“Every 7 minutes, someone in North America will become blind or visually impaired.” -- American Foundation for the Blind.You think you know about guide dogs, but I sure as heck really didn’t know as much as I thought I did! I chatted with several people about their guide dogs and especially enjoyed meeting Nicole and Snickers, the young lady and her wonderful black lab with me in the photo at left. Snickers is Nicole’s third guide dog and she said he is her favorite. When I asked her why she said, “You know, some dogs are just extra special.” I told her I understood that completely. She also said that Snickers is so smart and never lets her down and opens the world for her that she would otherwise not have available if she just went out with a cane. He is responsible for her safety and he is her eyes to the world, plus he is a very sweet, loving boy. I then asked if I could pet him and she said I could. I crouched down and Snickers plopped his head in my lap and closed his eyes when I massaged his big head and ears. He is a delight!
Guide Dogs of the Desert has a waiting list of 120 people across North America in need of a guide dog. They can only produce/train about 30 a year at this point so the need is strong. They made a smart decision about a year or so ago to produce their own dogs and so are breeding labrador retrievers, both black and yellow, plus standard poodles, german shepherds and golden retrievers to help keep up with the demand. The organization is super cautious in order to ensure that no dogs are bred that may have negative genetic tendencies like hip dysplasia, heart disease, or even problems like hyper personality. They are like reputable breeders who want to ensure they have healthy stock both physically and mentally that can go on to assist those in need.
Even with all this care, the organization often introduce 10 dogs to a recipient in need and sometimes none match up. It is not an exact science but I think, more of an art to match up the guide dogs and the people they will partner with. They rely solely on donations to keep their programs going. Smoke Tree Ranch is a wonderful supporter and has sponsored many guide dogs.
The dog is about two years old when it meets its blind person. It takes many, many hours of socialization and then training to have a dog who can help lead a blind person from place to place. Once the person is matched with their dog they go through 28 days of training together so they can emerge as a safe and effective team in order to navigate as a unit in the outside world.
The North American average for dogs who graduate the program is about 50 per cent but Guide Dogs of the Desert has an average of 73 per cent, which is fabulous. They definitely have strong supporters, but they are also passionate about what they do and they send dogs all over North America. They also have amazing volunteers and foster families who raise the pups until they are 18 months old and go off to training.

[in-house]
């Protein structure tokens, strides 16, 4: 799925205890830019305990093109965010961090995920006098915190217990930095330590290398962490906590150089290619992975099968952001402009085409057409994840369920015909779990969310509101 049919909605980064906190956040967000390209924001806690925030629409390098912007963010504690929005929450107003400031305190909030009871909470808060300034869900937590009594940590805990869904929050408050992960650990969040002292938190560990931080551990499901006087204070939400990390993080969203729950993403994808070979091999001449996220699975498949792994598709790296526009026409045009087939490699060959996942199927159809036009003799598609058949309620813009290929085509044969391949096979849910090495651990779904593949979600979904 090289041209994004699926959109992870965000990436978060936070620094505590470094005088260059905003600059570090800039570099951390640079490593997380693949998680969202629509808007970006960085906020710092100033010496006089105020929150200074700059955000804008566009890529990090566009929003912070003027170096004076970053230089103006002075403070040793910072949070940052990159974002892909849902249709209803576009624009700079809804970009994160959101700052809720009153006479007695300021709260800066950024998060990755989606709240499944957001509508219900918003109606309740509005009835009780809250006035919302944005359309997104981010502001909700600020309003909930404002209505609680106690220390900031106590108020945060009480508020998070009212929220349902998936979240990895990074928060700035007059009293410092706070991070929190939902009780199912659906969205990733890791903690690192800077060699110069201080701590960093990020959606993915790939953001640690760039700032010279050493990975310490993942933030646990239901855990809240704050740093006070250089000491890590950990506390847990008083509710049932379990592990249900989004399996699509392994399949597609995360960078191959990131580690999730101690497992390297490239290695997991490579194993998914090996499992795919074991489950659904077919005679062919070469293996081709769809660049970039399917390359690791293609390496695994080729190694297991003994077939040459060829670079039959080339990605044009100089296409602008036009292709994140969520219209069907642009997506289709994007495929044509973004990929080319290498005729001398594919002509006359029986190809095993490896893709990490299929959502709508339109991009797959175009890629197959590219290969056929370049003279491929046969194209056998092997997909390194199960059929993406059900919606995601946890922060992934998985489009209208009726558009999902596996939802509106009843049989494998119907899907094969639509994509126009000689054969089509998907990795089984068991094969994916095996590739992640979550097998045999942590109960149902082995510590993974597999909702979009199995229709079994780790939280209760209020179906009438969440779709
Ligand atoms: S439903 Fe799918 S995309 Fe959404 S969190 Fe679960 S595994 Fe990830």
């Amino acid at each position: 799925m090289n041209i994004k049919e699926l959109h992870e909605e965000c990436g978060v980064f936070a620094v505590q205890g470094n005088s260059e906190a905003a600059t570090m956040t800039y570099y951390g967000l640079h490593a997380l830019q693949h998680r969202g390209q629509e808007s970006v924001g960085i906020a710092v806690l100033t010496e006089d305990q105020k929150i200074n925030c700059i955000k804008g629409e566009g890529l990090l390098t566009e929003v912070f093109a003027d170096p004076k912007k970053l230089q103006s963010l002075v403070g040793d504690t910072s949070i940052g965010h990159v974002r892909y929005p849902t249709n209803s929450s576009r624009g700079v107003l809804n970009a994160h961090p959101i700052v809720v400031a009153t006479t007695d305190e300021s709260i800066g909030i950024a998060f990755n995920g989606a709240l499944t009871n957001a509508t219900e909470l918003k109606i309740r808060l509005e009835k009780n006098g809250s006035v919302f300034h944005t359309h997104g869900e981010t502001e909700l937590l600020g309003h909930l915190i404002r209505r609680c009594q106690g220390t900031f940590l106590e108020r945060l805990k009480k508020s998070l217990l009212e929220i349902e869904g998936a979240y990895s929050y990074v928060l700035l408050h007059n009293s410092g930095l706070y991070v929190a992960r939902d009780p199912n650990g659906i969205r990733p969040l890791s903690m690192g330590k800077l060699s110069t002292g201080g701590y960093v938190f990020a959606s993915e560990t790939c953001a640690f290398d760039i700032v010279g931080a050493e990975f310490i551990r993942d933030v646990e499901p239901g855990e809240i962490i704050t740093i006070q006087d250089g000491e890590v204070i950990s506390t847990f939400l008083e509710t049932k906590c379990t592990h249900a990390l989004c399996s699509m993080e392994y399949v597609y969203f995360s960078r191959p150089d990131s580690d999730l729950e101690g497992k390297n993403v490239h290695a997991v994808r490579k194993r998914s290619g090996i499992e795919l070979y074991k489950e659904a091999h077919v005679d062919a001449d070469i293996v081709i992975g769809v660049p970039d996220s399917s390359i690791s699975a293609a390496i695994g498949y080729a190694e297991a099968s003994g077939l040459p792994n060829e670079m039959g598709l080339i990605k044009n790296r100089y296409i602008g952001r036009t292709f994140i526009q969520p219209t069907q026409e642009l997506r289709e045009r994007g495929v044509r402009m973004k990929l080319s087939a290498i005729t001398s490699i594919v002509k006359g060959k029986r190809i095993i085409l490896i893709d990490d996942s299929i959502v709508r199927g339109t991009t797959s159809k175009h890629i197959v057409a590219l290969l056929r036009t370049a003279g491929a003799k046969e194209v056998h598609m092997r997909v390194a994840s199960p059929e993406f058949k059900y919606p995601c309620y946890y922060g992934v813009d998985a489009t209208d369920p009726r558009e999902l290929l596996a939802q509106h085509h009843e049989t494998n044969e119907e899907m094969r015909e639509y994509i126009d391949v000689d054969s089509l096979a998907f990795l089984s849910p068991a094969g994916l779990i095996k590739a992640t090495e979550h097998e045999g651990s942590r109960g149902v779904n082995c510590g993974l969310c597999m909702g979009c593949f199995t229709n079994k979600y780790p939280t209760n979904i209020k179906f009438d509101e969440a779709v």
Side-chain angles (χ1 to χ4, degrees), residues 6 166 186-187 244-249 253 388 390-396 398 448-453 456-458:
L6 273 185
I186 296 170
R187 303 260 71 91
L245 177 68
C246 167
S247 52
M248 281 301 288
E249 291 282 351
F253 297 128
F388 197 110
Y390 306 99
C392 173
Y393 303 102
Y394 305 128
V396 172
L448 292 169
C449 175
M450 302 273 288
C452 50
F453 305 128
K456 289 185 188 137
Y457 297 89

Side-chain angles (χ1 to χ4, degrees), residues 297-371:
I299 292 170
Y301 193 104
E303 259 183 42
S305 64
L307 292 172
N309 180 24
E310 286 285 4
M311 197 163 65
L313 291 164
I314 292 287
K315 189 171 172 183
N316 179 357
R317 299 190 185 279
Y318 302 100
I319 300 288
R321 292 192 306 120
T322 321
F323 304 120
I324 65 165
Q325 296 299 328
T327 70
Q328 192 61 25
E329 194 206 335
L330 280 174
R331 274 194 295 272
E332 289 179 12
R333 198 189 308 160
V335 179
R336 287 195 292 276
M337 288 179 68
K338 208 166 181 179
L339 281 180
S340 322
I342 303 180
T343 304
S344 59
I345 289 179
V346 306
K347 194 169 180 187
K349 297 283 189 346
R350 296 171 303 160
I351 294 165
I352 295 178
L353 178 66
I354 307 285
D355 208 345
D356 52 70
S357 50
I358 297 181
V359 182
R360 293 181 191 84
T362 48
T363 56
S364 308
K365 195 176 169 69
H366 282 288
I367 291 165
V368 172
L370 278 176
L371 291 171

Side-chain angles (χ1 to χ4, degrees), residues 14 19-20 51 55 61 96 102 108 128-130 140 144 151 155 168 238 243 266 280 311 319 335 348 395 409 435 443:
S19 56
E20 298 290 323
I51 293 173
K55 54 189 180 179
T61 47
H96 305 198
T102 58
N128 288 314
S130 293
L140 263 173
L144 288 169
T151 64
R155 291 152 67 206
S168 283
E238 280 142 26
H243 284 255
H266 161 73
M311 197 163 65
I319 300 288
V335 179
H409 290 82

In the Guide Dogs of the Desert literature, Alan Fitzsimmons said that “going from a cane to a guide dog is like going from a skateboard to a Ferrari.”
I plan to attend a graduation later this year. I understand there is not a dry eye in the house as the foster families say goodbye to the baby they nurtured and the person who has been waiting forever for their guide dog happily unites with their new partner. It’s an understandably emotional experience and I’m looking forward to sharing it with you.
• Guide Dogs of the Desert was founded in 1972 and has graduated more than 1000 students.
• GDD provides students with a family environment
• The organization has smaller class sizes so they can offer both dogs and the people they will guide with more individual attention
• Student to trainer ratio is 3:1
• GDD is a member of the International Guide Dog Federation
• The blind receive their trained dogs and personalized instruction, including the 28 days of on-campus training for first time users, free of charge.
The organization’s mission statement:
Guide Dogs of the Desert improves the lives of the blind by creating opportunities for life changing independence, and by conducting community outreach and education programs.Taking part yesterday was a different experience than I expected. It was a lovely luncheon on a sunny afternoon in a gorgeous setting. However, more than that it was an emotional and heartwarming afternoon which simply reinforced how wonderful I think all dogs are.
You can visit Guide Dogs of the Desert here.